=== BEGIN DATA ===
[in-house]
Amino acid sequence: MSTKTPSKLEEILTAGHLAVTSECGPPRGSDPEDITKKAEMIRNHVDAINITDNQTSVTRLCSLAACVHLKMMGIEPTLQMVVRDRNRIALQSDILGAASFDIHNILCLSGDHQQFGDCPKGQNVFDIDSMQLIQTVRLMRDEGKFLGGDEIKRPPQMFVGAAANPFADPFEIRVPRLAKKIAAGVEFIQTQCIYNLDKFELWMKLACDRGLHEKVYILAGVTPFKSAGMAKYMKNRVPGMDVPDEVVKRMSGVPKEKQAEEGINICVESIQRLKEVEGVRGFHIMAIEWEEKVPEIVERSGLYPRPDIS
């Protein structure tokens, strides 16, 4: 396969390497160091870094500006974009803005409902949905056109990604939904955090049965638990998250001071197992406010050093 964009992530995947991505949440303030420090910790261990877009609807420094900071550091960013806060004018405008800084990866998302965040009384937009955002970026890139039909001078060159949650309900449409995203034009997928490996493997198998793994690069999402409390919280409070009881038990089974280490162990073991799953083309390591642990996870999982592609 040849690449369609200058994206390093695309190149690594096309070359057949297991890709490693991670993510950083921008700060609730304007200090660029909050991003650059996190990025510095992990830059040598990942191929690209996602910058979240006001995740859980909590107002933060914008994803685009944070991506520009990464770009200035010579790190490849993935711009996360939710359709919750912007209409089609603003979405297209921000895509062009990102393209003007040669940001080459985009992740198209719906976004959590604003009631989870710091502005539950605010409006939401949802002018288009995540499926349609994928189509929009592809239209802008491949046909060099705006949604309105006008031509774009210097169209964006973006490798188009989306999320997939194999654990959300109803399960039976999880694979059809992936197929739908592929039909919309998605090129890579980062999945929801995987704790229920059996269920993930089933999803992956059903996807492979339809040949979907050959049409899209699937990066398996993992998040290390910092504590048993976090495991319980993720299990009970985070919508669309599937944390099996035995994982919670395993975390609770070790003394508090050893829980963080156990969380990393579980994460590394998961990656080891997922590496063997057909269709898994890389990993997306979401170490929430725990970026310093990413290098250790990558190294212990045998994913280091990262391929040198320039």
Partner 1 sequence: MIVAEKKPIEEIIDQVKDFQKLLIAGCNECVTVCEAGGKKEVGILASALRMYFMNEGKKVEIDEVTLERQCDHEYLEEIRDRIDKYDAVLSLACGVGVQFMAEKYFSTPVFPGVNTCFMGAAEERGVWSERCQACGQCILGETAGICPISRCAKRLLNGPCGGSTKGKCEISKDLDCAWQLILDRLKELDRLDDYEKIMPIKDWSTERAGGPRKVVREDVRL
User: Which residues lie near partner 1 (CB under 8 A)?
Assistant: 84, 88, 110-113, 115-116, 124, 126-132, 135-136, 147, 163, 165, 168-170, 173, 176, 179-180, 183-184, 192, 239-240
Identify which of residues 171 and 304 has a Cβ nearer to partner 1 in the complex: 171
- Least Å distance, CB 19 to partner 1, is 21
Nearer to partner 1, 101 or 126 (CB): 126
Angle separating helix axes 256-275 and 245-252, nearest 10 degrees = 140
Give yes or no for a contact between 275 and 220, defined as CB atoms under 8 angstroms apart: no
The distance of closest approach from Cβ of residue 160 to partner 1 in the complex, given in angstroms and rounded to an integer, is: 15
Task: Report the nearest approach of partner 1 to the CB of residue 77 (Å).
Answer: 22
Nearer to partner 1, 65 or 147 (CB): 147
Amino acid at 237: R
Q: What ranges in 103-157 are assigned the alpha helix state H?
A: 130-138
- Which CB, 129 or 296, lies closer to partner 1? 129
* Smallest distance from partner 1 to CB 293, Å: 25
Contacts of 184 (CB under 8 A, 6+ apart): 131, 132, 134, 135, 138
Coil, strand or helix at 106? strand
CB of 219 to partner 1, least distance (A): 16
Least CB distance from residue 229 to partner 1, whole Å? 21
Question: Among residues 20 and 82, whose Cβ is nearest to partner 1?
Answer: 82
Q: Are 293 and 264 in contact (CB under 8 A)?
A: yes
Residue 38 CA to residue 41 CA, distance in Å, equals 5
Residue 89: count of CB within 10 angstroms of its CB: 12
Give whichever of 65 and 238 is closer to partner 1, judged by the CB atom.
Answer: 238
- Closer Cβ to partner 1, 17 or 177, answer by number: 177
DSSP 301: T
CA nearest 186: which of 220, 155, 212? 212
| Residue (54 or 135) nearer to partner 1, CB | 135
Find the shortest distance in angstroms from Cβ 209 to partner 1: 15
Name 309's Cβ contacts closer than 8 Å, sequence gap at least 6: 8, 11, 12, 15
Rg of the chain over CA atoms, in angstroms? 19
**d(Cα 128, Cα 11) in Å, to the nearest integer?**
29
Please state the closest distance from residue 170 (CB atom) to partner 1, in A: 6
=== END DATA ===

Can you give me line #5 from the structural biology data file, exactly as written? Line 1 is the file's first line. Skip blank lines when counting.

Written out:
User: Which residues lie near partner 1 (CB under 8 A)?